Referral marketing provides a unique opportunity for businesses to tap into their existing community to gain new customers. However, one thing to be aware of is referral program fraud. There will always be a small percentage of people gaming the system as there is with any discount, affiliate, or other marketing programs.
The report of the period between Q2 2018 and Q2 2019 shows that the dollar amount of e-commerce fraud has increased by 12%. There is one more fact: fraudsters are increasingly trying to cheat loyalty programs. Already, loyalty program fraud grew by a whopping 89%
Find out what referral marketing fraud is, learn the different types of fraud you could encounter, and how you can be prepared.
You may naturally connect fraud with phishing scams that try to obtain people’s personal information. However, referral marketing fraud is something different.
Referral fraud is when a buyer attempts to leverage the current offering by trying to hack the process to get numerous incentives.
For example, trying to self-refer yourself by providing one of your other emails is considered referral marketing fraud. Self-referrals are a common type of referral marketing fraud because one person gets the rewards an advocate would receive and the rewards of a referred customer.
Referral fraud is the one downside of the awesome effects that referral marketing can bring to your e-commerce businesses. In our opinion, the benefits of referral marketing far out way the downside of referral marketing fraud.
People who are trying to game the system can do multiple things to get a deal. Referral fraud is not just limited to someone referring to themselves. Here are the most common types of fraud:
You can’t say people aren’t creative when it comes to trying to get a deal. However, it’s essential for a retailer to reduce referral marketing fraud, since it can affect referral program performance.
Obviously, you want your referral marketing campaign to do its job and grow your new customers and generate revenue. When fraud occurs, this can eat into your success metrics. Three of the most common ways that fraud can hurt your business is seeing false numbers, losing profits, and losing time.
When more transactions are occurring, and you’re not seeing new accurate and unique customer information this is a sign that people may be referring themselves. Inflated numbers affect how exact your numbers are and the ROI of your referral campaign.
If fake accounts are able to redeem refer-a-friend offers, this can really cut into your profits. Instead of rewarding a friend for a first-time purchase for $5, you will be losing $5 to a fraudster with multiple accounts.
Once, your business notices potential fraud occurring, your team has to look through the new users and look for fake accounts manually. The more automation you can use in the process, the faster the fraud prevention would happen, saving your team’s precious time.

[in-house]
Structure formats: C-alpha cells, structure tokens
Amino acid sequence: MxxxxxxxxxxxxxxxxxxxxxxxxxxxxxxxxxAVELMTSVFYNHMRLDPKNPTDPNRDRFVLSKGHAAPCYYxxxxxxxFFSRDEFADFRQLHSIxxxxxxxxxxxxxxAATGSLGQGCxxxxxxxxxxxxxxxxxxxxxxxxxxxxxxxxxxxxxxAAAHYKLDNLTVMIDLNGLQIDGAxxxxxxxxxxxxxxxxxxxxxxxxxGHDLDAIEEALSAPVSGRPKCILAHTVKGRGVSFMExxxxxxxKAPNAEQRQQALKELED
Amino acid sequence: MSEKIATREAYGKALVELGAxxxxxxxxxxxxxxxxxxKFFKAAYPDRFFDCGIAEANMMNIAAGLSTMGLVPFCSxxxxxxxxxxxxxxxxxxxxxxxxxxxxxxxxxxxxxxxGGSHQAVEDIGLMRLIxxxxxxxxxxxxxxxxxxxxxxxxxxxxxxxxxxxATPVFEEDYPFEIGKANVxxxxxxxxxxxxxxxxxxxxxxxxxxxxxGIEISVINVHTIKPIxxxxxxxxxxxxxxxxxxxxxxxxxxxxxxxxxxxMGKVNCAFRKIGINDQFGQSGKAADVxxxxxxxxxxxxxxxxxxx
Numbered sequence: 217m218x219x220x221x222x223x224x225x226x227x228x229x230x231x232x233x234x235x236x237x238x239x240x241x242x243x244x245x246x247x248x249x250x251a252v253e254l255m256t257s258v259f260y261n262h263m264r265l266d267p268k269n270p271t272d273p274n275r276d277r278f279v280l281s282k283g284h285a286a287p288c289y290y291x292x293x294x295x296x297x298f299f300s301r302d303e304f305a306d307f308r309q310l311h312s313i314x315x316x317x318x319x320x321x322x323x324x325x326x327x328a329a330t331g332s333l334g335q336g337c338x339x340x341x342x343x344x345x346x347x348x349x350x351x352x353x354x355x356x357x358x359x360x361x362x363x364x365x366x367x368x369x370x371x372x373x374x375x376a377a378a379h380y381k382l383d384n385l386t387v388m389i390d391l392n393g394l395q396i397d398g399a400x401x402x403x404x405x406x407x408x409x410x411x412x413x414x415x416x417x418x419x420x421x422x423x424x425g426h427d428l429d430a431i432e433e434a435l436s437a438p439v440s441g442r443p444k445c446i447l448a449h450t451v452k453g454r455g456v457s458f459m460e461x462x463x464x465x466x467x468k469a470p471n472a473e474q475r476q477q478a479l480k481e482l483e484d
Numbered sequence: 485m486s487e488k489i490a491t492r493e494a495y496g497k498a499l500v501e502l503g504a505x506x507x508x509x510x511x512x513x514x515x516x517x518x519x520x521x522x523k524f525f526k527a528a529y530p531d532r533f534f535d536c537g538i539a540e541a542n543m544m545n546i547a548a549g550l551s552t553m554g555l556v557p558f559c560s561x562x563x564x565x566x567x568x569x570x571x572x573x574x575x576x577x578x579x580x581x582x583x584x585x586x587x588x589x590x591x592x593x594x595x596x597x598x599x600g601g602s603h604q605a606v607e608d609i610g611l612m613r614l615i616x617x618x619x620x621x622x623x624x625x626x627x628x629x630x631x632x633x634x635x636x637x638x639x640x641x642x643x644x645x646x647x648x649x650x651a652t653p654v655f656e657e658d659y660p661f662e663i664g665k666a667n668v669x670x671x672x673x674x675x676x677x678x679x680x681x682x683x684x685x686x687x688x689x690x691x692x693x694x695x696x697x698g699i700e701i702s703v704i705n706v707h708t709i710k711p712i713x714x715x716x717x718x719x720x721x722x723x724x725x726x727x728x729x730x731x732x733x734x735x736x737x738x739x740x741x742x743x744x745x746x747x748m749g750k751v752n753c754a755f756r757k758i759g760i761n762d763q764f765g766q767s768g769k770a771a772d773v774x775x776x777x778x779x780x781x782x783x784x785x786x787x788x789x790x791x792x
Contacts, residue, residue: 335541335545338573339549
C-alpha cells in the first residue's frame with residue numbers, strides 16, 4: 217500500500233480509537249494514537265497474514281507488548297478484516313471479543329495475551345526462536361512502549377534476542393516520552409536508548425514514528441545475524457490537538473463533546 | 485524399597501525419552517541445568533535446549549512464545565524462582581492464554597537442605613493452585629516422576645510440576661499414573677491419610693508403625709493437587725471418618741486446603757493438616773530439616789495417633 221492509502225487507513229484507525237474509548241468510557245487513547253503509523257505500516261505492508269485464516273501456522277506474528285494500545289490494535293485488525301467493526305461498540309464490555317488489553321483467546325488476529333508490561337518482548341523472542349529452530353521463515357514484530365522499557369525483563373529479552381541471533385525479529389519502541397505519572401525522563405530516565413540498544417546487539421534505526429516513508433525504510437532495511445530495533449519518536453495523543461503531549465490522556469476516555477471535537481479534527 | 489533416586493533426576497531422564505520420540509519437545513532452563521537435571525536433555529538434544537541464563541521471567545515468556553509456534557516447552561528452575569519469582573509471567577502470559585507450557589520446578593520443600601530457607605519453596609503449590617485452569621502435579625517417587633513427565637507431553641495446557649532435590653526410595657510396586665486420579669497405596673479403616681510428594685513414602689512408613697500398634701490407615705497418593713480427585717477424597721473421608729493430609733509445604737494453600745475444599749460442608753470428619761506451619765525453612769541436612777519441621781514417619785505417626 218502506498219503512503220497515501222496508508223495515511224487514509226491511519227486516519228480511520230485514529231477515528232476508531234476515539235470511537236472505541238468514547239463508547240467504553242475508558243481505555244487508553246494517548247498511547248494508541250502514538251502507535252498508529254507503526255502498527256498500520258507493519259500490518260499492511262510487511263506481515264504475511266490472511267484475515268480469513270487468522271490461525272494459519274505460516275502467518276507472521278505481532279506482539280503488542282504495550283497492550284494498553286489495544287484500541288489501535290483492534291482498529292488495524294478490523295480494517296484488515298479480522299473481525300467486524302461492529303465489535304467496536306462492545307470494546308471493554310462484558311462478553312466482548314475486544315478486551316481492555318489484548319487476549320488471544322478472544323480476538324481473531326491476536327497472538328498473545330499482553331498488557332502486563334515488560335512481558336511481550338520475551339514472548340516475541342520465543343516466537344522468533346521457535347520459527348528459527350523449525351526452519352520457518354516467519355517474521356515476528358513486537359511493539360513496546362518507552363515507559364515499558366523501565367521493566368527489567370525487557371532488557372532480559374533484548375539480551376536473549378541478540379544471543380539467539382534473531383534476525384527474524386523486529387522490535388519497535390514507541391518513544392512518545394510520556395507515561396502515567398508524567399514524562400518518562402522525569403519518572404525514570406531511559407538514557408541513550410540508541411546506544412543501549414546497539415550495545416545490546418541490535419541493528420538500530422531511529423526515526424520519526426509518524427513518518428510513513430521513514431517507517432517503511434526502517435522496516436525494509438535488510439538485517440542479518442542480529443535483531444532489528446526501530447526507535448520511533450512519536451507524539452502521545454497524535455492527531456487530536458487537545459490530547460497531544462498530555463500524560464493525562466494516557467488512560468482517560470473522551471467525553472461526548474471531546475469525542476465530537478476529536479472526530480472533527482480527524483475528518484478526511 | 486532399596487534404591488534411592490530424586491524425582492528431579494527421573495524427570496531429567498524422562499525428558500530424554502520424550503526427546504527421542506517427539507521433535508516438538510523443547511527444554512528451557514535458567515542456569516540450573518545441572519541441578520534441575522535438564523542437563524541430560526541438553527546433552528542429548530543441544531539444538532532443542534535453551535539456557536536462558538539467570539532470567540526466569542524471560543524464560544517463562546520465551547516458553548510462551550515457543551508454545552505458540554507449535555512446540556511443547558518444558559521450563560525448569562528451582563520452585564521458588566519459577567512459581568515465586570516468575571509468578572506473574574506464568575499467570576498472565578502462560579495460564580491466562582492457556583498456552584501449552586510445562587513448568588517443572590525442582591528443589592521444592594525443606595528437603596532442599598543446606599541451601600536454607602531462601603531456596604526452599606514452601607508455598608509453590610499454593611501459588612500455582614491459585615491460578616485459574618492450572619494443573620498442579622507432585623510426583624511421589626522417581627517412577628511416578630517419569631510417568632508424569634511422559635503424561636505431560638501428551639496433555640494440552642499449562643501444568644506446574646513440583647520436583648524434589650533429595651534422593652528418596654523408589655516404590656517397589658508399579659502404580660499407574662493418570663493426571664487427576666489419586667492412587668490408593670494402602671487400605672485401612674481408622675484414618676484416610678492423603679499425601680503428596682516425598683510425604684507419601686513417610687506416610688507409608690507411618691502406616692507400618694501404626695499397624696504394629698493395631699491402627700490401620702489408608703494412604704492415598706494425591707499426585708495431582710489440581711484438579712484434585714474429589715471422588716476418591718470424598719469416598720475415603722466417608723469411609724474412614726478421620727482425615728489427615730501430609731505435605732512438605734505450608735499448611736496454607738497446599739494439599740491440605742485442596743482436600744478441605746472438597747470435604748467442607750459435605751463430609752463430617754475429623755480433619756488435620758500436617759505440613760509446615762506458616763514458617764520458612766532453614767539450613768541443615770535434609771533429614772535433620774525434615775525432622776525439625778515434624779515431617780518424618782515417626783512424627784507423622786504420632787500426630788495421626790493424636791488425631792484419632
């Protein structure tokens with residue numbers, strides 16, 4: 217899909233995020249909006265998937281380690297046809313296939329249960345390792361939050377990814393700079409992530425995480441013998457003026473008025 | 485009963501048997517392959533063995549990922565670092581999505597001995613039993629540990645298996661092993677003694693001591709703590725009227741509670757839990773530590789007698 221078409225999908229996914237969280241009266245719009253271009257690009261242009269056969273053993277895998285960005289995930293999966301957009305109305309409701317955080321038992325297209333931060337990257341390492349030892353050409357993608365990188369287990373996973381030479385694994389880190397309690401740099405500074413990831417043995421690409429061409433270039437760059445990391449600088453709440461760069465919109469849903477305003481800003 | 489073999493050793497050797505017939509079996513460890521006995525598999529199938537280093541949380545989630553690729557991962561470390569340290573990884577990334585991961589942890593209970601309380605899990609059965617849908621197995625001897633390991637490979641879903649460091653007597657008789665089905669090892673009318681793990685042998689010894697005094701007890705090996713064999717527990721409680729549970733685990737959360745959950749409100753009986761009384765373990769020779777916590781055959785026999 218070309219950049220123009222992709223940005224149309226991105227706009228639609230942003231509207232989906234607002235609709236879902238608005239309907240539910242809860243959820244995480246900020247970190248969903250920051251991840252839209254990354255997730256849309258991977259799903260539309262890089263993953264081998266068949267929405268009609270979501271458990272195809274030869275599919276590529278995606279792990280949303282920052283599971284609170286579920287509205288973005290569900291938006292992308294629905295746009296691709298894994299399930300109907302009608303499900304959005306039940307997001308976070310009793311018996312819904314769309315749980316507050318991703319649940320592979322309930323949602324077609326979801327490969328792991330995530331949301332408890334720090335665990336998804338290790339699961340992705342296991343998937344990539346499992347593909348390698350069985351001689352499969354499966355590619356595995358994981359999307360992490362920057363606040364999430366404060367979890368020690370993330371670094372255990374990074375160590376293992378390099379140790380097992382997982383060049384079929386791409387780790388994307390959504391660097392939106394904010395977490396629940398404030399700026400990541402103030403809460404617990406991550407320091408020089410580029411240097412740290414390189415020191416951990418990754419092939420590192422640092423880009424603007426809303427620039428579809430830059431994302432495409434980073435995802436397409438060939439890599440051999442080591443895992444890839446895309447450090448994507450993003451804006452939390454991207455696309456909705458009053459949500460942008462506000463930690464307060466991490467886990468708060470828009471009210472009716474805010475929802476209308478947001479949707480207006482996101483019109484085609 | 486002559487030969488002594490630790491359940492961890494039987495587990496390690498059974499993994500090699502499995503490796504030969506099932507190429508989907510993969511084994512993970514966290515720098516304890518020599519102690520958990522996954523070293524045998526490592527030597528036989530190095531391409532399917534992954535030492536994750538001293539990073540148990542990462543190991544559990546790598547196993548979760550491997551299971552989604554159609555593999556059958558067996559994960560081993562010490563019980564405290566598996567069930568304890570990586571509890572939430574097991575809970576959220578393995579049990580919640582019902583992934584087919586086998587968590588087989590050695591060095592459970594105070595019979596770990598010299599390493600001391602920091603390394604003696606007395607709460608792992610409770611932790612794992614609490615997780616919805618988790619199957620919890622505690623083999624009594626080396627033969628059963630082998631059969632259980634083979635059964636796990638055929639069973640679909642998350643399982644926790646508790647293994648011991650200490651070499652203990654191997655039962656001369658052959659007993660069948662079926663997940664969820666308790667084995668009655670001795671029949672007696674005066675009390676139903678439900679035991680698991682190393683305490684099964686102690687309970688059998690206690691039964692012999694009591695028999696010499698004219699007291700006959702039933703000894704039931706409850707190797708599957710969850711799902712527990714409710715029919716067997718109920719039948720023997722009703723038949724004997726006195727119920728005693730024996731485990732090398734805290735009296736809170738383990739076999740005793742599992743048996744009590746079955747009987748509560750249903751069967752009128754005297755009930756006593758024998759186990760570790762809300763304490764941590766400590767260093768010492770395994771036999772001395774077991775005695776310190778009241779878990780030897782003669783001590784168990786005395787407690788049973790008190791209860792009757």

Now that you know what referral marketing fraud is, how do you prevent it? Manually reviewing each new user won’t work (or would take forever).
One of the easiest ways to prevent fraud is by using a referral tracking system that deters fraudulent behaviors. When you’re picking a referral marketing program make sure that it has fraud prevention. Talkable provides end-to-end fraud prevention and quality control engine where you and your dedicated customer success manager can define the rules to catch and prevent fraudulent behaviors.
Here are nine foolproof methods that can help your business reduce referral marketing fraud:
If you only want current customers to earn your incentive offering, then your business needs to verify that they’ve been a buyer. You can run segmented referral campaigns that only show past customers the offer or have Talkable check customer emails by running it through your client’s customer base. Also, we make sure to verify that the referred friend is not an existing customer and is indeed new to your business.
Tracking cookies enable you to determine if someone from the same device using the same browser at the same location is trying to access your referral for the second or third time. Utilizing cookie tracking is one of the best ways you can stop the same person from redeeming multiple referral rewards
For example, an advocate visits a campaign page for the very first time, Talkable generates a unique identifier for this person and saves it into the browser as a cookie. Later on, when the friend visits the Friend Claim page and has the same identifier as the advocate, Talkable assumes this is a self-referred advocate.